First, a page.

Creating “Helicopter Stories” in Pre-school

We are passionate about supporting children’s early language and communication skills at Townhouse. As one of the most important foundations of early learning, we adopt many different strategies to encourage and extend language, communication and imagination.

“Helicopter stories” is an approach to support communication and literacy based on the story telling and story acting curriculum of Vivian Guissin Paley. In its’ simplest form, helicopter stories let children dictate their own stories which are written down verbatim, exactly as they are told, and the children then gather round and take turns in acting these stories out.

Here’s Logan’s story:
“A big dinosaur went in to the forest and he found a big dragon. He saw one tree and he went in the cave and found two monkeys and they jumped about with them.”
– Logan, aged 4

Logan was delighted to be dictating his story and looked around the circle at everyone as he spoke, enjoying the reactions of his friends.

His story was short, simple but exciting! When we came to act the story out, he showed us how the dinosaur moved. Expecting him to run around the stage, roaring loudly, he instead surprised me! He formed his hands into claws, held his arms close to his body and walked confidently around the stage. We knew immediately that he was a Tyrannosaurus Rex!

The strength of Helicopter Stories is in allowing us to tap into the world of a child through their own voice and experience in a unique way. Through using this approach, we can see and value the knowledge our children have and appreciate their view of the world. This activity helped us learn lots about Logan, his passions and interests him and his own type of expertise and skill.

In its simplest form, Helicopter Stories gives the children opportunity to share their own stories which are written down exactly as the child tells it. The children take on the role of the story teller. The children would then gather around the stage, and given the role of story watchers who play the audience and watch the story performers who act out the story.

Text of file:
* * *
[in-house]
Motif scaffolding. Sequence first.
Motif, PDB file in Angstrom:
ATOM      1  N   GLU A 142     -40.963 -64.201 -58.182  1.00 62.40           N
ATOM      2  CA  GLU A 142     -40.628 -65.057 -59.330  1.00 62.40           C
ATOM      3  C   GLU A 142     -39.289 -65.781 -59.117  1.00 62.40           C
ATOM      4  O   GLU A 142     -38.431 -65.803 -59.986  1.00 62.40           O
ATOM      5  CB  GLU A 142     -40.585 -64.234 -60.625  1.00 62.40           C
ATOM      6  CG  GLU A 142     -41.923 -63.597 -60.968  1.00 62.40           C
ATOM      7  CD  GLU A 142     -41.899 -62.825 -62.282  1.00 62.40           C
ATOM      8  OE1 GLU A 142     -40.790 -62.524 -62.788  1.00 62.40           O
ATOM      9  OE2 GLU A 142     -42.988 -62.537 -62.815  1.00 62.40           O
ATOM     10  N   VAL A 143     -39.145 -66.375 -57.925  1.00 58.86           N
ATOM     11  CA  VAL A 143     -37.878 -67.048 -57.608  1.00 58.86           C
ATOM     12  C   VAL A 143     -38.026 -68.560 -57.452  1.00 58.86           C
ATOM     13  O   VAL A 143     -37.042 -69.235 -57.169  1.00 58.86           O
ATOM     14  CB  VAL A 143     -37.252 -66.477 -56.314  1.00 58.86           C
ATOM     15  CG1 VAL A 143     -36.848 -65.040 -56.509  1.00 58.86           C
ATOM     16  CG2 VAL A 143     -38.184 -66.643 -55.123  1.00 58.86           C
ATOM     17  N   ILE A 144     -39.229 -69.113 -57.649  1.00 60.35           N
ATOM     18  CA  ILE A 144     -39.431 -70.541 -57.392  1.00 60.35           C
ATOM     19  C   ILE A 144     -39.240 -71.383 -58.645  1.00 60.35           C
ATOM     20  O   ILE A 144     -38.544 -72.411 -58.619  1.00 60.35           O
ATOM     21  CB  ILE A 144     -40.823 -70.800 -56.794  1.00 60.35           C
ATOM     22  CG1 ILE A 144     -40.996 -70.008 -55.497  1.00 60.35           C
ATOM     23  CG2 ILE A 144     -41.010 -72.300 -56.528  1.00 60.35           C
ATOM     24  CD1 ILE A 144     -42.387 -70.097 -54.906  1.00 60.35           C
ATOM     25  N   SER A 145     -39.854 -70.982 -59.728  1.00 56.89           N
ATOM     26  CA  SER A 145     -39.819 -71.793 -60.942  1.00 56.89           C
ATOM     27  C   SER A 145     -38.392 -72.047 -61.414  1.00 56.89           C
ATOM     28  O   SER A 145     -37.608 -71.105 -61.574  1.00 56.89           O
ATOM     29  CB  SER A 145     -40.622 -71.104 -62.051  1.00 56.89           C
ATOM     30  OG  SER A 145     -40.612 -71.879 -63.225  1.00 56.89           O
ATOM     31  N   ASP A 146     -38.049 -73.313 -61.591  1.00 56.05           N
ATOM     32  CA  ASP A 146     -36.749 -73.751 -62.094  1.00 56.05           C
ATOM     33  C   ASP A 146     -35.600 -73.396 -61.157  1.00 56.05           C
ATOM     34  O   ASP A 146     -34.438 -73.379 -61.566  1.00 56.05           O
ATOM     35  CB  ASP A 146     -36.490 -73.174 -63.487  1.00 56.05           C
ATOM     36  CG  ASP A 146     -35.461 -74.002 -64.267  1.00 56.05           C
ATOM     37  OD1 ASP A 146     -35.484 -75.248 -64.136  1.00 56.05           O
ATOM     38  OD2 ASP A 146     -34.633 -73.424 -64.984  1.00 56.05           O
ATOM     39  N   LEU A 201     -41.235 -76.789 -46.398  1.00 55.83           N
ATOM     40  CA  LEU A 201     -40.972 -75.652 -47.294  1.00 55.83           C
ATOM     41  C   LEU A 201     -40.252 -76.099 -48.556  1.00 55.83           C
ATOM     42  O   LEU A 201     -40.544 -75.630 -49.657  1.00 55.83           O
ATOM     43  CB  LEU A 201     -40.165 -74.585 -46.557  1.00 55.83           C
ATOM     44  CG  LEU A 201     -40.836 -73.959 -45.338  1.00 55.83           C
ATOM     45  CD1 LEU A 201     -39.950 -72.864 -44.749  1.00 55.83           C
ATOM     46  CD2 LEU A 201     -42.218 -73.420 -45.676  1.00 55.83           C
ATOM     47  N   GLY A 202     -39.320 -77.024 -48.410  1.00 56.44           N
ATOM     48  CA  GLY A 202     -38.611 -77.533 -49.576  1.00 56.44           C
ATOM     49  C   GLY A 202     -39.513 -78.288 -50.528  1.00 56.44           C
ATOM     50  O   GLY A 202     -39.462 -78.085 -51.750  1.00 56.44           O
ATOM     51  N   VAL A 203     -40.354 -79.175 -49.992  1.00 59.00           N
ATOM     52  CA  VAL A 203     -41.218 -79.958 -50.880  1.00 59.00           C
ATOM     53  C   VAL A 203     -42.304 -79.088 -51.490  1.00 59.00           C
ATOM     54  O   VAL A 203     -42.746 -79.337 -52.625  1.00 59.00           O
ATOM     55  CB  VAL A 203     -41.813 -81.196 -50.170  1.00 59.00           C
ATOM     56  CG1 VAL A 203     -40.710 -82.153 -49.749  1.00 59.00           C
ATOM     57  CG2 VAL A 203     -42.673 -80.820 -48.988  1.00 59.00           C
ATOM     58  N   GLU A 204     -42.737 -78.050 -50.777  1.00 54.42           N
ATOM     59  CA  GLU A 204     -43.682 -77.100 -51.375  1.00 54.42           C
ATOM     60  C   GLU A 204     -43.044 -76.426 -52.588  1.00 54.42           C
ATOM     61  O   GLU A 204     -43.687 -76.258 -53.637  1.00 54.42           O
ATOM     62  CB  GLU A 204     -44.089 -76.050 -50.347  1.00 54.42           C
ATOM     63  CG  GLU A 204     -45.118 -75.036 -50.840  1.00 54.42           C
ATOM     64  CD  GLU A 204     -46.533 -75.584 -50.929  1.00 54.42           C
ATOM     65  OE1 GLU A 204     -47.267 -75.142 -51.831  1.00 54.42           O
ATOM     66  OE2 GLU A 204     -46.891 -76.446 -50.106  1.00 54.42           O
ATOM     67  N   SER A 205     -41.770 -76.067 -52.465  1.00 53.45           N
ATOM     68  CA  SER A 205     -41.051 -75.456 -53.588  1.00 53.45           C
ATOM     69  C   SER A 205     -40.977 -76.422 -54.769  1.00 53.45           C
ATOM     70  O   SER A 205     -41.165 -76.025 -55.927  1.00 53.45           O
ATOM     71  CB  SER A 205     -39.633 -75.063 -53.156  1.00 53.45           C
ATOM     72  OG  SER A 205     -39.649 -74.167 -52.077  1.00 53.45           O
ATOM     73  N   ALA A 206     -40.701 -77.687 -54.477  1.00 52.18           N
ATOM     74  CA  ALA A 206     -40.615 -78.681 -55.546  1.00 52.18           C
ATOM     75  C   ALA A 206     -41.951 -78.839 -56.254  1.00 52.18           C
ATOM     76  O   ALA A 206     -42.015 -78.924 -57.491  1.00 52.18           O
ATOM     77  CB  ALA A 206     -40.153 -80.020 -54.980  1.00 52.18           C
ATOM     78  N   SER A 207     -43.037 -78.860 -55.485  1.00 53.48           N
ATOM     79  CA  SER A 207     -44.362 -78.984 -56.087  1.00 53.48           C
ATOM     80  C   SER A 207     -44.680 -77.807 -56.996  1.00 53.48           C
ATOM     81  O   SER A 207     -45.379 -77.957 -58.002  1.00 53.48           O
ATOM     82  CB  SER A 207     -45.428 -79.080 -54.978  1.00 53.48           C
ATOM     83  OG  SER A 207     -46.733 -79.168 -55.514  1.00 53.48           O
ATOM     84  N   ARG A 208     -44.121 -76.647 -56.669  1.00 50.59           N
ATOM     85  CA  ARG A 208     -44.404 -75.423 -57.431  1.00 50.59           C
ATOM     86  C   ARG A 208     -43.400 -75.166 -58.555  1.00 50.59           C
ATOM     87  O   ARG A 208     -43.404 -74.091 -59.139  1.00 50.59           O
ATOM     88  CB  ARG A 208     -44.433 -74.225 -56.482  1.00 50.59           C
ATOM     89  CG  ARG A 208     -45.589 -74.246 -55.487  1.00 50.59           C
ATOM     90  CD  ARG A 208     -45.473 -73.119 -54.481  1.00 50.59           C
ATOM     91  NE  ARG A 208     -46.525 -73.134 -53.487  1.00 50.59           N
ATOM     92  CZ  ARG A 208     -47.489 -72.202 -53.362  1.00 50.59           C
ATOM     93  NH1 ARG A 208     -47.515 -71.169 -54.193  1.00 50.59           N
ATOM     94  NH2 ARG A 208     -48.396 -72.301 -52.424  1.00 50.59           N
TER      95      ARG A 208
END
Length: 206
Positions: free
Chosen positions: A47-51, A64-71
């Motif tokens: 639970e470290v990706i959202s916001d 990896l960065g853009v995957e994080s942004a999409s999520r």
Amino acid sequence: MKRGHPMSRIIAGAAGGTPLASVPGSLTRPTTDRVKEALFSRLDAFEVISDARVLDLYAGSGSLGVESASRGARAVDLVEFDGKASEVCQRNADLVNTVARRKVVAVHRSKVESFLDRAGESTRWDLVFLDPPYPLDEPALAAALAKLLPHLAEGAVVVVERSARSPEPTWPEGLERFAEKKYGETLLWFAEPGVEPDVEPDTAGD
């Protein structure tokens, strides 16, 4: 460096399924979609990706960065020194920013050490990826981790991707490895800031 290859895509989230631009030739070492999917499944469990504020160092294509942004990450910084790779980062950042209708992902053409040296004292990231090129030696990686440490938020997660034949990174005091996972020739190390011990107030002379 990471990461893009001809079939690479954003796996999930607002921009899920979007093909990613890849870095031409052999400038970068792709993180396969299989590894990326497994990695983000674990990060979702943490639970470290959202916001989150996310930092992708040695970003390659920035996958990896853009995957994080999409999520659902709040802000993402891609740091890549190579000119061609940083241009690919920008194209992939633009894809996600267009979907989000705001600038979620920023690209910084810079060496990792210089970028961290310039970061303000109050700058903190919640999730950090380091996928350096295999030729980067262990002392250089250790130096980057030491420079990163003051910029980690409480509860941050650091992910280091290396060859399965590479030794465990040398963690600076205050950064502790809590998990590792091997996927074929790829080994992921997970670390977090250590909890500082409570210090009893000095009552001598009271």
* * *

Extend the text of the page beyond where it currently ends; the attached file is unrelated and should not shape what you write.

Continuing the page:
In action, it is a highly effective learning approach as it uses the power of storytelling to support areas such as creativity, communication and language and personal, social and emotional skills.

The children get the chance to share something that is of huge importance to them, developing their speaking and listening skills as they listen to others dictate their stories and build self confidence and self-esteem.

By having their words scribed, they make the connection between the spoken and the written word, supporting their developing writing skills and understanding of how stories are formed.

Scribing a story for a child, and supporting them to act it out, is an honour to be part of. It gives the chance for adults to step into a place that only children inhabit in their imaginations.

Our interest and passion for helicopter stories was ignited after a visit to Excalibur Primary School so thankyou to the lovely team there for sharing such wonderful practice.

Further reading:
Princesses, Dragons and Helicopter Stories by Trisha Lee

Share post: